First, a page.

RENO, Nevada (AP) — The Biden administration says it has completed a court-ordered review that should ensure construction continues at a Nevada lithium mine, despite legal challenges brought by conservationists and tribal leaders.
At the same time, in a broader response to recent U.S. court rulings that more strictly interpret a Civil War-era mining law, the Interior Department announced Tuesday it is taking steps to clarify mineral rights under the 1872 law to reflect the "realities of the 21st century."
The moves come after the 9th U.S. Circuit Court of Appeals blocked a proposed copper mine in Arizona last year. The Appeals Court is considering a related appeal filed by environmentalists and Native American tribes challenging construction of the huge Thacker Pass lithium mine in Nevada near the Oregon line.
Lithium is a key element needed to manufacture batteries for electric vehicles — a centerpiece of President Joe Biden's "clean energy" agenda intended to expedite a transition from fossil fuels to renewable forms of energy.
The 9th Circuit's so-called "Rosemont decision" upended the government's long-held position that the 1872 Mining Law conveys the same rights established through a valid mining claim to adjacent land for the disposal of tailings and other waste. The 9th Circuit held instead that the company must establish — and the government must validate — that valuable minerals are present under such lands for a claim to exist.
U.S. District Judge Miranda Du in Reno adopted the new standard in a ruling in February that found the U.S. Bureau of Land Management failed to comply with the law when it approved a Canadian company's plan to open the Thacker Pass mine about 200 miles (322 kilometers) northeast of Reno.
Despite that ruling — and over the objections of environmentalists and tribes who now are appealing to the 9th Circuit — Du allowed construction to begin at the mine while the agency provides additional proof the company has the mineral rights necessary to dump waste rock and tailings from the operation on adjacent federal land.
Interior Department officials announced Tuesday that the land management bureau has completed the review necessary to establish mineral rights on the land adjacent to Lithium Americas' project and is convinced it will satisfy Du's requirement.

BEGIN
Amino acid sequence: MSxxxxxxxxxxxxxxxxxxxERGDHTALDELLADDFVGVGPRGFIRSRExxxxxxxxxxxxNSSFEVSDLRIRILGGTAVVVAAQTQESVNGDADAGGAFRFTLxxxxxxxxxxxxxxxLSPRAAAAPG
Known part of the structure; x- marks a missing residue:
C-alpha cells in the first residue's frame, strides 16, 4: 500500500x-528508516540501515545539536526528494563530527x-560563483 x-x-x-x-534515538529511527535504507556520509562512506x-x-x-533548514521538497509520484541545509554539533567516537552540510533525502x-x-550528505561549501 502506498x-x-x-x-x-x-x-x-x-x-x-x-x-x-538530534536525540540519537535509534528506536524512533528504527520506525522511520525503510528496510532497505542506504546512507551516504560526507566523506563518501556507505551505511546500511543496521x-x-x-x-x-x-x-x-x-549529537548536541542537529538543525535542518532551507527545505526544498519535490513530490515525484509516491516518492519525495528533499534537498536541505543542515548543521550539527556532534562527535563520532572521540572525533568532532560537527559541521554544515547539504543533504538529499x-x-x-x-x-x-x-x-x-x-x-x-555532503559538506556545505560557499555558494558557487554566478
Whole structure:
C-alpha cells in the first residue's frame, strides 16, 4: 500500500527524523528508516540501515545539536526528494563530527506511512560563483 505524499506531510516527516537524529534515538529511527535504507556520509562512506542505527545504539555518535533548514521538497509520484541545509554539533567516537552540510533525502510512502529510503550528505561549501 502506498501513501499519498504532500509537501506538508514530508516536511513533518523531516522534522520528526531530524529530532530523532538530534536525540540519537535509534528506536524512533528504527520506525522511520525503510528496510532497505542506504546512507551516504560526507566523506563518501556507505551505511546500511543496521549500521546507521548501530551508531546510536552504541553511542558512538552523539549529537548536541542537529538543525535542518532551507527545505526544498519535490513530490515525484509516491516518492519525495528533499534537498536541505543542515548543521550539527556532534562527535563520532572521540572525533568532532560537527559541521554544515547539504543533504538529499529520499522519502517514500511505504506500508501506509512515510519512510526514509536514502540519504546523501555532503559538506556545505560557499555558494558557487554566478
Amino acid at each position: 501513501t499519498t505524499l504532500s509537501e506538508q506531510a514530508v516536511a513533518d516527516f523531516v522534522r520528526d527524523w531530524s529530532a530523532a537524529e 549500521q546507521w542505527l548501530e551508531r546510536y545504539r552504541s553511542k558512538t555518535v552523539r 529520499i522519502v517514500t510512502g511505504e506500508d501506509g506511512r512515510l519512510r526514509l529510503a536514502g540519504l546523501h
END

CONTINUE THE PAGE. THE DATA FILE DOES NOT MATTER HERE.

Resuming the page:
A group of Native Americans and some supporters have been staging a protest since last week near the site where the open pit mine is planned. The mine would ultimately be deeper than the length of a football field. They say federal law prohibits construction of the project near where dozens of Paiute tribal members were massacred by the U.S. cavalry in 1865.
The San Francisco-based 9th Circuit has scheduled oral arguments for the Thacker Pass appeal for June 26 in Pasadena, California.
Lithium Americas CEO Jonathan Evans said in a statement after Tuesday's announcement they are "pleased the administration has established a path forward that allows us to resolve the outstanding matters related to the approval of our Thacker Pass project."
Sen. Catherine Cortez Masto, D-Nev., called the "Rosemont decision" misguided and said it defies more than a century of practice on landscapes in the West. She recently introduced a bill with bipartisan support seeking to insulate the mine at Thacker Pass and others from the ruling by essentially adopting language that reverts to the historic interpretation that automatically conveyed established mining rights to the neighboring lands.
An Interior Department official told The Associated Press ahead of Tuesday's formal announcement that the Biden administration doesn't intend to challenge or appeal the Rosemont decision. The official requested anonymity because they were not authorized to discuss the issue publicly. The department issued a new legal opinion from its solicitor general to provide guidance to mining companies.
The new opinion "will support the timely review of mining proposals on federal lands and is one step of many" Interior is taking to "update guidance for mining companies to reflect the realities of the 21st century," Deputy Interior Secretary Tommy Beaudreau said in a statement.
Beaudreau is the chairman of the administration's Working Group on Mining Regulations, Laws and Permitting that's expected to offer a list of recommendations sometime this year to make improvements to the antiquated mining law.
Dozens of other mines face similar situations as Thacker Pass, an Interior Department official said Tuesday.
"We are not appealing or challenging Rosemont," a spokesman said. "It makes it clear for the company that if you have a situation like Rosemont or Thacker, you have these options."
Officials analyzed more than 100 of the nearly 500 individual claims and found only eight that don't have evidence of enough mineralization to justify siting the waste rock dump there, Interior said.
Solicitor General Robert T. Anderson said in his 10-page opinion that the U.S. Bureau of Land Management should not approve a mine operating plan if the record lacks any evidence of valuable mineral deposits on the adjacent land planned for the waste rock dump. But he said the agency is not required to "conduct a validity determination ... if there is some evidence of discovery."